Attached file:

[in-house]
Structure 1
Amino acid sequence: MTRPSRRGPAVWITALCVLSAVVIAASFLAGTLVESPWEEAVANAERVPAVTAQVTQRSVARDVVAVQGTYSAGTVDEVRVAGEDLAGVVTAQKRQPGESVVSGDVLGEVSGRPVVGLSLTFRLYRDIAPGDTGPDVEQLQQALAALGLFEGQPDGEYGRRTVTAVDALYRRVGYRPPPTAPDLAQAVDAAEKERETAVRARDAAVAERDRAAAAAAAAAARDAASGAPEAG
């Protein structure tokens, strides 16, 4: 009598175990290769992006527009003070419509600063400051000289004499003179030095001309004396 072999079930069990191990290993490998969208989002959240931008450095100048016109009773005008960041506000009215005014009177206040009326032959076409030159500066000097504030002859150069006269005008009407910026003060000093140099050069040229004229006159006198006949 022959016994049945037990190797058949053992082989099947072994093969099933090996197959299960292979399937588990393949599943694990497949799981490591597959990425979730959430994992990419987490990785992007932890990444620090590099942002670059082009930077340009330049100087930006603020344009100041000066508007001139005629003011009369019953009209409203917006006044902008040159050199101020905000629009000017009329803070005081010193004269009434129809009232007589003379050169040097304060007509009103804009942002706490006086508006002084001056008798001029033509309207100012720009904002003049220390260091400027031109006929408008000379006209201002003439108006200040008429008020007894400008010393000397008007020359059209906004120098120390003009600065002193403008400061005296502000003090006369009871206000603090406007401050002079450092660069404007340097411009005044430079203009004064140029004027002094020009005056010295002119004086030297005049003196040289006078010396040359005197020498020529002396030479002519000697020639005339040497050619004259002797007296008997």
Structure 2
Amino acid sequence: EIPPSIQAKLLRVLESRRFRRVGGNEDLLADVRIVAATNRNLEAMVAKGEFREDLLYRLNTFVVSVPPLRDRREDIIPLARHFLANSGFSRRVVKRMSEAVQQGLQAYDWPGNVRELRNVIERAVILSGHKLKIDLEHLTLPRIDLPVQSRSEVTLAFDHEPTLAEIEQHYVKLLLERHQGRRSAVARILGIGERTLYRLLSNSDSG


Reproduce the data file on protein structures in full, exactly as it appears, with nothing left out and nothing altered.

[in-house]
Structure 1
Amino acid sequence: MTRPSRRGPAVWITALCVLSAVVIAASFLAGTLVESPWEEAVANAERVPAVTAQVTQRSVARDVVAVQGTYSAGTVDEVRVAGEDLAGVVTAQKRQPGESVVSGDVLGEVSGRPVVGLSLTFRLYRDIAPGDTGPDVEQLQQALAALGLFEGQPDGEYGRRTVTAVDALYRRVGYRPPPTAPDLAQAVDAAEKERETAVRARDAAVAERDRAAAAAAAAAARDAASGAPEAG
């Protein structure tokens, strides 16, 4: 009598175990290769992006527009003070419509600063400051000289004499003179030095001309004396 072999079930069990191990290993490998969208989002959240931008450095100048016109009773005008960041506000009215005014009177206040009326032959076409030159500066000097504030002859150069006269005008009407910026003060000093140099050069040229004229006159006198006949 022959016994049945037990190797058949053992082989099947072994093969099933090996197959299960292979399937588990393949599943694990497949799981490591597959990425979730959430994992990419987490990785992007932890990444620090590099942002670059082009930077340009330049100087930006603020344009100041000066508007001139005629003011009369019953009209409203917006006044902008040159050199101020905000629009000017009329803070005081010193004269009434129809009232007589003379050169040097304060007509009103804009942002706490006086508006002084001056008798001029033509309207100012720009904002003049220390260091400027031109006929408008000379006209201002003439108006200040008429008020007894400008010393000397008007020359059209906004120098120390003009600065002193403008400061005296502000003090006369009871206000603090406007401050002079450092660069404007340097411009005044430079203009004064140029004027002094020009005056010295002119004086030297005049003196040289006078010396040359005197020498020529002396030479002519000697020639005339040497050619004259002797007296008997």
Structure 2
Amino acid sequence: EIPPSIQAKLLRVLESRRFRRVGGNEDLLADVRIVAATNRNLEAMVAKGEFREDLLYRLNTFVVSVPPLRDRREDIIPLARHFLANSGFSRRVVKRMSEAVQQGLQAYDWPGNVRELRNVIERAVILSGHKLKIDLEHLTLPRIDLPVQSRSEVTLAFDHEPTLAEIEQHYVKLLLERHQGRRSAVARILGIGERTLYRLLSNSDSG